Many interviewers will not come prepared to ask thoughtful questions. Candidates who can comfortably keep the conversation going, asking questions and subtly weaving their accomplishments and career aspirations into the discussion stand out under these circumstances. Listening carefully allows you to pick up on what the interviewer is looking for and the criteria he or she may use to recommend an offer.

Ask two friends to help you practice interviewing. Have one person interview you and the other observe the interaction. Using a triad model is the most effective way to practice interviewing skills because you have someone standing apart from the interview itself, watching your performance and the reactions of the interviewer as the conversation unfolds. Remember, you may have only 30 minutes to secure a second interview, so it is critical to practice getting information across in a succinct manner.

Once you have secured additional interviews, you have a chance to assess the employer more carefully. Try to get a feel for what it's like to work for that firm. Watch and listen. How do people interact with one another? Are they casual and relaxed, clearly enjoying one another, or do they seem to barely know one another? Are doors closed or open? Is there a big difference between the personalities of the senior and more junior lawyers, or do you sense many commonalities? Could you see yourself coming to this place every workday? Has anything about the work discussed sounded really interesting or engaging? These are just a few of the questions you will need to contemplate while you are in the interviewing process.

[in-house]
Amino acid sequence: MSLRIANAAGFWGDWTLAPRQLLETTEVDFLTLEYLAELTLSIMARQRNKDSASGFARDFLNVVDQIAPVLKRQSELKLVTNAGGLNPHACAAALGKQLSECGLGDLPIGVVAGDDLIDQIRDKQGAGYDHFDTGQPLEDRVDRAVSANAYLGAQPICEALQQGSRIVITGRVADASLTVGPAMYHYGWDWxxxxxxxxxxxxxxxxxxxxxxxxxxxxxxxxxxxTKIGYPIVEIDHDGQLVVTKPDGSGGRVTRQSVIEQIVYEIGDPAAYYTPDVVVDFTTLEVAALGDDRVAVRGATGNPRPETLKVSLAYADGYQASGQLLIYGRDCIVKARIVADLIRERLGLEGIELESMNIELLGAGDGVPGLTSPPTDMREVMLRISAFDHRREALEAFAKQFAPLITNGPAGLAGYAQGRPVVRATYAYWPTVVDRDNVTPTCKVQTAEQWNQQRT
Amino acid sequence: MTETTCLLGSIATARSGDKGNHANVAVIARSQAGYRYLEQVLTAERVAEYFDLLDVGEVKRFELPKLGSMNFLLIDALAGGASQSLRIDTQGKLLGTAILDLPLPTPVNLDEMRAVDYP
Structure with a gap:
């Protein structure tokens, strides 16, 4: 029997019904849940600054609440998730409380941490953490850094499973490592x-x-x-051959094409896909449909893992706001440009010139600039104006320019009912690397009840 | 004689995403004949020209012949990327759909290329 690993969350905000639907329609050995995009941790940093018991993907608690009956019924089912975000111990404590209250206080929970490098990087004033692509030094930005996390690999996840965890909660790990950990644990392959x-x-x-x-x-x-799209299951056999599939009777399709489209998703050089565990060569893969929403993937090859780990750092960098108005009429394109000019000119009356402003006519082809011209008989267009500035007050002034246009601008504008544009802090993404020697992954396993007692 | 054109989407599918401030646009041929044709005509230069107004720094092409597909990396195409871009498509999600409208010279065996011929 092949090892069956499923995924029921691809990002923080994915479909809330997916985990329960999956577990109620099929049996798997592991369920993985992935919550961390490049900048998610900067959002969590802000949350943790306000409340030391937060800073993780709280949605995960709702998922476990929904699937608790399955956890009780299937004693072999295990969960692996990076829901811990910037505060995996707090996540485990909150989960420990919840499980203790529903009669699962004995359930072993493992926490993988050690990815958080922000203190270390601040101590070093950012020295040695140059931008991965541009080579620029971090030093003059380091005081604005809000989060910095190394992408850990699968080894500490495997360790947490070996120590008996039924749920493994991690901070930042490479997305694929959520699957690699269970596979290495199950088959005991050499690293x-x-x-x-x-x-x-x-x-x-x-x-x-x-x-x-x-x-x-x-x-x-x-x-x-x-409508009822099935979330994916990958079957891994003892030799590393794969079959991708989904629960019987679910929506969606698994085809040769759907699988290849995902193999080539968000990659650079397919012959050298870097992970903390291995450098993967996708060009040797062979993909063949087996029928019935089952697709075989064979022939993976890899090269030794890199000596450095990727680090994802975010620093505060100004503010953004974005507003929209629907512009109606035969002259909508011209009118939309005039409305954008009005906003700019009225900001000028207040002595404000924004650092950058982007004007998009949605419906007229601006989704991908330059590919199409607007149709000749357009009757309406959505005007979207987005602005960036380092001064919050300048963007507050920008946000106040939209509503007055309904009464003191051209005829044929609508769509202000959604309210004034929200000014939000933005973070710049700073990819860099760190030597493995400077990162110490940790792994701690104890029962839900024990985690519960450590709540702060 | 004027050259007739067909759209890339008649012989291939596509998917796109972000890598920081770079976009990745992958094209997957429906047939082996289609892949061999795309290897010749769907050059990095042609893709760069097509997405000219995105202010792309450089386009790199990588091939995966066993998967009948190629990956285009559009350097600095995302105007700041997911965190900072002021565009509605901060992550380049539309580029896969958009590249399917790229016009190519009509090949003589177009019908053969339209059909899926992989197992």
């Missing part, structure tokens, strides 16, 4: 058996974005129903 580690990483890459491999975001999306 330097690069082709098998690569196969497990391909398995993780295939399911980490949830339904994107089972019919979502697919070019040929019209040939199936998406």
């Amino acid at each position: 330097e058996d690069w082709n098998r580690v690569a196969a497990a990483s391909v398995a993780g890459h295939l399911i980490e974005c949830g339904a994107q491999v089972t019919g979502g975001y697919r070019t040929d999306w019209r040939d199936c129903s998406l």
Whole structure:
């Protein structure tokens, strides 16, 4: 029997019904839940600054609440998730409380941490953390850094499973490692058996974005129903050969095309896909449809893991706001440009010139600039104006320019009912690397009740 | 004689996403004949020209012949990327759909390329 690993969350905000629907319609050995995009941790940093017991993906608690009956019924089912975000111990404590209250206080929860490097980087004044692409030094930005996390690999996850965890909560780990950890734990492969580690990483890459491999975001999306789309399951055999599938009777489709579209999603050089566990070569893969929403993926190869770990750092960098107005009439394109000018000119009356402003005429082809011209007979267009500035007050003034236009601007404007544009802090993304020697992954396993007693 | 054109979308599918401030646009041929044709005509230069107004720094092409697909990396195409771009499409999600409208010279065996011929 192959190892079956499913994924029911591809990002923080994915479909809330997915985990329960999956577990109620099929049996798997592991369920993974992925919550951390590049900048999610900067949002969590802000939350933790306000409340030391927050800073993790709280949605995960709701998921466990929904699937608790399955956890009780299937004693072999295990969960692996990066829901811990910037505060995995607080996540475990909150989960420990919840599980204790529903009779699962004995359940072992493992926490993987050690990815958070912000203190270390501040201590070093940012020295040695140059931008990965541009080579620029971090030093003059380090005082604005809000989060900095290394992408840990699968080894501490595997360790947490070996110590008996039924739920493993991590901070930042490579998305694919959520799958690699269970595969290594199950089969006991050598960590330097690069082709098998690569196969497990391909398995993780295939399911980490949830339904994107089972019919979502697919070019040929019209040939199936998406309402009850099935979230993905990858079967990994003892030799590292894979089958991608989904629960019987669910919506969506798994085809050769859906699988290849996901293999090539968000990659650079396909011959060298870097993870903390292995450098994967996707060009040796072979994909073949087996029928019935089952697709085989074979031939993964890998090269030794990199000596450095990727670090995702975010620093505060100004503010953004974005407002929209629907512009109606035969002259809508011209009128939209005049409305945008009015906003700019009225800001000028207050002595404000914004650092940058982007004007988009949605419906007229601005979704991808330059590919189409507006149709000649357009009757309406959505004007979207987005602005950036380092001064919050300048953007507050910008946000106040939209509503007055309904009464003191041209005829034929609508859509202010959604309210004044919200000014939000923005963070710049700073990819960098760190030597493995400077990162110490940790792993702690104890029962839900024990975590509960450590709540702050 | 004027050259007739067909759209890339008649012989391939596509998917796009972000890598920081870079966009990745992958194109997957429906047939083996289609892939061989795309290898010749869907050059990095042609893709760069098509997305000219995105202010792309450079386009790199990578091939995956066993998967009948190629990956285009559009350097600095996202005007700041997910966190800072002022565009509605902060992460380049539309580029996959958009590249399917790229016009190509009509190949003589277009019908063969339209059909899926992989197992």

With all your thoughtful preparation and careful execution, barring major catastrophes, you should be the recipient of several offers. How do you know which one is the right one? Most candidates say they fall back on two primary factors when choosing their employers: the people and the substance of the work. Those are important criteria, but you have to go a step further. The best way to make a decision is to assess the probability of being successful and satisfied in a particular job and organization: availability and skill-building potential of the work, senior and junior people you like and respect, stability of the organization’s business model and its competitive position in the market, opportunities for training and development, and commitment to external interests you may share (e.g., community involvement, pro bono work). These are the factors that are more likely to help you decide which organization is right for you.

Only you can decide which job and organization are right for you, but it is a much easier decision when you employ a strategic approach. Good luck and happy hunting!

Susan G. Manch is a principal in the consulting firm of Shannon & Manch, in Washington, D.C. She can be reached for comments at

Career Corner

Defining and Achieving Success as an In-House Woman Attorney
Tuesday, Sept 9, 6-8 pm

Mindfulness Meditation in Law Practice
Thursday, Sept 18, 7-9 pm

Annual Welcoming Reception for Law Students and Recent Law School Graduates
Monday, Sept 22, 6:30-8 pm

Setting a Course for Success: Strategic Career Advice for Young Women Lawyers
Tuesday, Sept 23, 6:30-7 pm - networking reception; 7-8:30 pm – discussion

Ask the Experts